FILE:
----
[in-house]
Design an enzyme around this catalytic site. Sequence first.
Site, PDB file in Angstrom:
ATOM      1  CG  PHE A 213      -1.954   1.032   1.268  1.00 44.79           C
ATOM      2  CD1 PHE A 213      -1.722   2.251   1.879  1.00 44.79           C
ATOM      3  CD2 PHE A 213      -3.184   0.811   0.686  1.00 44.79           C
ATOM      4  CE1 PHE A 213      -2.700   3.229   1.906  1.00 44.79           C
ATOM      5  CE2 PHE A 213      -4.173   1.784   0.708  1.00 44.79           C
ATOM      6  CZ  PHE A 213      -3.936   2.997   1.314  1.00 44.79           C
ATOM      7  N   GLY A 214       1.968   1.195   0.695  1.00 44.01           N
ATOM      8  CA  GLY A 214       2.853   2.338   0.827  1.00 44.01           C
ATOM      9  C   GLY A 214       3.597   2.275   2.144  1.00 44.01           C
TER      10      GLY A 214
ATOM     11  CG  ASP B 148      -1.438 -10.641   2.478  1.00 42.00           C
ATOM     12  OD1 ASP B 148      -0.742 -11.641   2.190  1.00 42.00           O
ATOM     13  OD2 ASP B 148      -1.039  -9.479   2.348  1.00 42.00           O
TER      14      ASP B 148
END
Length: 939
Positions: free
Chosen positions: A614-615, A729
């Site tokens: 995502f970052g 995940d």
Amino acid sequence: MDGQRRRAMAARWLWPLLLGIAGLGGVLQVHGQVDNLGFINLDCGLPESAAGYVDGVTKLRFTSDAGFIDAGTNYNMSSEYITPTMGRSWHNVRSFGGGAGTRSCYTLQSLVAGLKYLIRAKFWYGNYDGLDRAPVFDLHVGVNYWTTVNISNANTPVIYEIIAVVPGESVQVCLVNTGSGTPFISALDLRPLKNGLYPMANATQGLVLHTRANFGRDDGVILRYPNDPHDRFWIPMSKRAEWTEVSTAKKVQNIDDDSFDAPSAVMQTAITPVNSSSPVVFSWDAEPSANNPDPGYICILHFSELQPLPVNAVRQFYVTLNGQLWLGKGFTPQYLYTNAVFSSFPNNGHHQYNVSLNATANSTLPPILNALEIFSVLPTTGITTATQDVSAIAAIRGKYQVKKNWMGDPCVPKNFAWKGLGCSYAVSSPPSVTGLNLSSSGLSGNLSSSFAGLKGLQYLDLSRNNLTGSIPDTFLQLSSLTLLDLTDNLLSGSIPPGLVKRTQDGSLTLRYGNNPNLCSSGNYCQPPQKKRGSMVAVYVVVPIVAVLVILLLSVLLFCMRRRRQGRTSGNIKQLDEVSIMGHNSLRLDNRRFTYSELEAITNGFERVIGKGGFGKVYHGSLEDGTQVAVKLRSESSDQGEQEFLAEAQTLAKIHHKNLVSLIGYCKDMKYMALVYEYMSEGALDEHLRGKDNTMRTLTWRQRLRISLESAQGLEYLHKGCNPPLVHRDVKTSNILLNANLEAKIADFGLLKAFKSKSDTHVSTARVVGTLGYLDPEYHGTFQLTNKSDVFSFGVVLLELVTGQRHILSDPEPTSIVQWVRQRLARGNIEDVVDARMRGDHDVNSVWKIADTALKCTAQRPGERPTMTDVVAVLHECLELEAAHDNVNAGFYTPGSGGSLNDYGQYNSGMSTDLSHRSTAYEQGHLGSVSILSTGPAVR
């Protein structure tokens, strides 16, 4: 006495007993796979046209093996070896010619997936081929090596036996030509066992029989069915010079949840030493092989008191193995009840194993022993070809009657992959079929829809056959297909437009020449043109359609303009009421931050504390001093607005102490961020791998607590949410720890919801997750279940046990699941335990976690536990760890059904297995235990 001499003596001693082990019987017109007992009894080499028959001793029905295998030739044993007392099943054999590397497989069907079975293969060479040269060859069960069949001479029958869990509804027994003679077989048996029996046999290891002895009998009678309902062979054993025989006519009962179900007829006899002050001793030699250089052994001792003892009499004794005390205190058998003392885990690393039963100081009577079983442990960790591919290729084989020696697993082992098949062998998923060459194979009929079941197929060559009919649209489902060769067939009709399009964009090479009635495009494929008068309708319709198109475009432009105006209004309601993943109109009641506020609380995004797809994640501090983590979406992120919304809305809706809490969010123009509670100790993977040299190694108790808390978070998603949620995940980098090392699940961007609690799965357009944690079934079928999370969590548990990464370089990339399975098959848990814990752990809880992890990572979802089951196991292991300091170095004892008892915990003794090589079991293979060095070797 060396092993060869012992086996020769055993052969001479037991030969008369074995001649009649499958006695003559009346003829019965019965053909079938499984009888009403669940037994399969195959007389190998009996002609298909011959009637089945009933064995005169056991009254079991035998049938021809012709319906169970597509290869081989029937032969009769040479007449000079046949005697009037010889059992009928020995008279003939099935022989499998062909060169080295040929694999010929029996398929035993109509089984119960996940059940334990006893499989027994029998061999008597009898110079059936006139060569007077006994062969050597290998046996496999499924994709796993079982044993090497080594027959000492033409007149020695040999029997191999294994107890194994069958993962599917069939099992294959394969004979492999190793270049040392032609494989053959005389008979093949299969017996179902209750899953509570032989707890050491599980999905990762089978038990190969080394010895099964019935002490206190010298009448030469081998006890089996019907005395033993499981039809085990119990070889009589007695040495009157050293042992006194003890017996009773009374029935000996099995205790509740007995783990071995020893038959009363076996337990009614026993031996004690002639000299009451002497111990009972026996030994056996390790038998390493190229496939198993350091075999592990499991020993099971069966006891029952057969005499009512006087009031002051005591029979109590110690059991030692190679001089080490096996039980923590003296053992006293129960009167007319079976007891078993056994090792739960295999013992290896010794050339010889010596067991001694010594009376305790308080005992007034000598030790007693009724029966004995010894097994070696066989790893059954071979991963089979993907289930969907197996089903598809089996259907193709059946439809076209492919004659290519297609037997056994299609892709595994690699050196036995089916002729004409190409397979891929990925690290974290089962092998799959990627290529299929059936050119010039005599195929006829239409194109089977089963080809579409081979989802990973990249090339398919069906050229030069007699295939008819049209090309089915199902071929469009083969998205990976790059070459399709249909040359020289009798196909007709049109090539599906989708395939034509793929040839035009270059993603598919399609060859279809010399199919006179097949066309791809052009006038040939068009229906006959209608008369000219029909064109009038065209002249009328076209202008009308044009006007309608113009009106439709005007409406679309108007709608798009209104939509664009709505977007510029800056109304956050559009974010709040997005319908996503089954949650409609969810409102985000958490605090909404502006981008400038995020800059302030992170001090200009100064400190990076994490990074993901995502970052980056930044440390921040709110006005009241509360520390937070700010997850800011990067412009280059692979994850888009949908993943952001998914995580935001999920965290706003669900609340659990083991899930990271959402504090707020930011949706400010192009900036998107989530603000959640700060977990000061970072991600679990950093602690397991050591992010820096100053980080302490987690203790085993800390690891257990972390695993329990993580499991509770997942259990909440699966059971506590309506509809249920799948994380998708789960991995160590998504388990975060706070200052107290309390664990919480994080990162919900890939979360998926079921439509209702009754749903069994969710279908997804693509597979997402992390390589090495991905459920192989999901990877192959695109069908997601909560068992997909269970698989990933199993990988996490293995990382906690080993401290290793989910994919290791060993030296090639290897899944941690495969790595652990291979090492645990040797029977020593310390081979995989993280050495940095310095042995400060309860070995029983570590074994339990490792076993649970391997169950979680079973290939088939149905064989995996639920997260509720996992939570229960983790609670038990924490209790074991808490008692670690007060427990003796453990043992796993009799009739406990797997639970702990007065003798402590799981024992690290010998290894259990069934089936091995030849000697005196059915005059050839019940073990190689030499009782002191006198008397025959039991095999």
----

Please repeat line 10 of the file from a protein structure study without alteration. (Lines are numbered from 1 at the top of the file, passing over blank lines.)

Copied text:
ATOM      7  N   GLY A 214       1.968   1.195   0.695  1.00 44.01           N